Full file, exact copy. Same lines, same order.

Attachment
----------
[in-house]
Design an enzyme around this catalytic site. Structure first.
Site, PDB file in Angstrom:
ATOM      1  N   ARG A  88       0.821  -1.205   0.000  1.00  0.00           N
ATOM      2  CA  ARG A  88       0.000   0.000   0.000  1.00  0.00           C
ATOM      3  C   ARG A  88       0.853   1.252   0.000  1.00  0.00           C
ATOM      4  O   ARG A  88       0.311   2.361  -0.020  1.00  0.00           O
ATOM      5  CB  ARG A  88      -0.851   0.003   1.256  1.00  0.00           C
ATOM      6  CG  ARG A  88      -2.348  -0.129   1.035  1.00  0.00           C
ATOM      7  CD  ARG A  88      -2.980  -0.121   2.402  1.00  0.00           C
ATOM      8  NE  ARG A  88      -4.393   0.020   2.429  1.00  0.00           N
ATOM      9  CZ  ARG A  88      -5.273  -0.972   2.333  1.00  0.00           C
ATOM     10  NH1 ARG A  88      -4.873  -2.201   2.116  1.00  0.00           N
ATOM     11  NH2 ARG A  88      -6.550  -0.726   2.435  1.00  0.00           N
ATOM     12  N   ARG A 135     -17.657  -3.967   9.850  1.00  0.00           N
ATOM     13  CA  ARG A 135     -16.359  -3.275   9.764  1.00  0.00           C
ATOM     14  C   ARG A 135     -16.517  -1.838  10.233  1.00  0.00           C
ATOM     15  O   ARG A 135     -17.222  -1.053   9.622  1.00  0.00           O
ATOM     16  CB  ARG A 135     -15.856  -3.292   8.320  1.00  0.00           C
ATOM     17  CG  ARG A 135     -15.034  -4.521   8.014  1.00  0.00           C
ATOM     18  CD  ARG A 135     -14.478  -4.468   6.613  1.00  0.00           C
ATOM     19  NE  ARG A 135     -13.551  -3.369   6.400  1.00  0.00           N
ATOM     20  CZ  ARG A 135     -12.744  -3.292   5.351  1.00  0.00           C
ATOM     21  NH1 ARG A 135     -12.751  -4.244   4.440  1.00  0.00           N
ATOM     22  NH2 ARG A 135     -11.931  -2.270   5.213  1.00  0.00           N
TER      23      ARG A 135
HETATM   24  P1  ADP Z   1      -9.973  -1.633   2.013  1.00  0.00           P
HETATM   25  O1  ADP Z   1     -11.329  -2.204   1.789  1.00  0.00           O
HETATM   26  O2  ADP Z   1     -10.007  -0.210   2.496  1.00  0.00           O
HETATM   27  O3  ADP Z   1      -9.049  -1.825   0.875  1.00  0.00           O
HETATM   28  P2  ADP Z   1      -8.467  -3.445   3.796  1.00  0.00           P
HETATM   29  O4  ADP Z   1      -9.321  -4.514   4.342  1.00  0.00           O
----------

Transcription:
[in-house]
Design an enzyme around this catalytic site. Structure first.
Site, PDB file in Angstrom:
ATOM      1  N   ARG A  88       0.821  -1.205   0.000  1.00  0.00           N
ATOM      2  CA  ARG A  88       0.000   0.000   0.000  1.00  0.00           C
ATOM      3  C   ARG A  88       0.853   1.252   0.000  1.00  0.00           C
ATOM      4  O   ARG A  88       0.311   2.361  -0.020  1.00  0.00           O
ATOM      5  CB  ARG A  88      -0.851   0.003   1.256  1.00  0.00           C
ATOM      6  CG  ARG A  88      -2.348  -0.129   1.035  1.00  0.00           C
ATOM      7  CD  ARG A  88      -2.980  -0.121   2.402  1.00  0.00           C
ATOM      8  NE  ARG A  88      -4.393   0.020   2.429  1.00  0.00           N
ATOM      9  CZ  ARG A  88      -5.273  -0.972   2.333  1.00  0.00           C
ATOM     10  NH1 ARG A  88      -4.873  -2.201   2.116  1.00  0.00           N
ATOM     11  NH2 ARG A  88      -6.550  -0.726   2.435  1.00  0.00           N
ATOM     12  N   ARG A 135     -17.657  -3.967   9.850  1.00  0.00           N
ATOM     13  CA  ARG A 135     -16.359  -3.275   9.764  1.00  0.00           C
ATOM     14  C   ARG A 135     -16.517  -1.838  10.233  1.00  0.00           C
ATOM     15  O   ARG A 135     -17.222  -1.053   9.622  1.00  0.00           O
ATOM     16  CB  ARG A 135     -15.856  -3.292   8.320  1.00  0.00           C
ATOM     17  CG  ARG A 135     -15.034  -4.521   8.014  1.00  0.00           C
ATOM     18  CD  ARG A 135     -14.478  -4.468   6.613  1.00  0.00           C
ATOM     19  NE  ARG A 135     -13.551  -3.369   6.400  1.00  0.00           N
ATOM     20  CZ  ARG A 135     -12.744  -3.292   5.351  1.00  0.00           C
ATOM     21  NH1 ARG A 135     -12.751  -4.244   4.440  1.00  0.00           N
ATOM     22  NH2 ARG A 135     -11.931  -2.270   5.213  1.00  0.00           N
TER      23      ARG A 135
HETATM   24  P1  ADP Z   1      -9.973  -1.633   2.013  1.00  0.00           P
HETATM   25  O1  ADP Z   1     -11.329  -2.204   1.789  1.00  0.00           O
HETATM   26  O2  ADP Z   1     -10.007  -0.210   2.496  1.00  0.00           O
HETATM   27  O3  ADP Z   1      -9.049  -1.825   0.875  1.00  0.00           O
HETATM   28  P2  ADP Z   1      -8.467  -3.445   3.796  1.00  0.00           P
HETATM   29  O4  ADP Z   1      -9.321  -4.514   4.342  1.00  0.00           O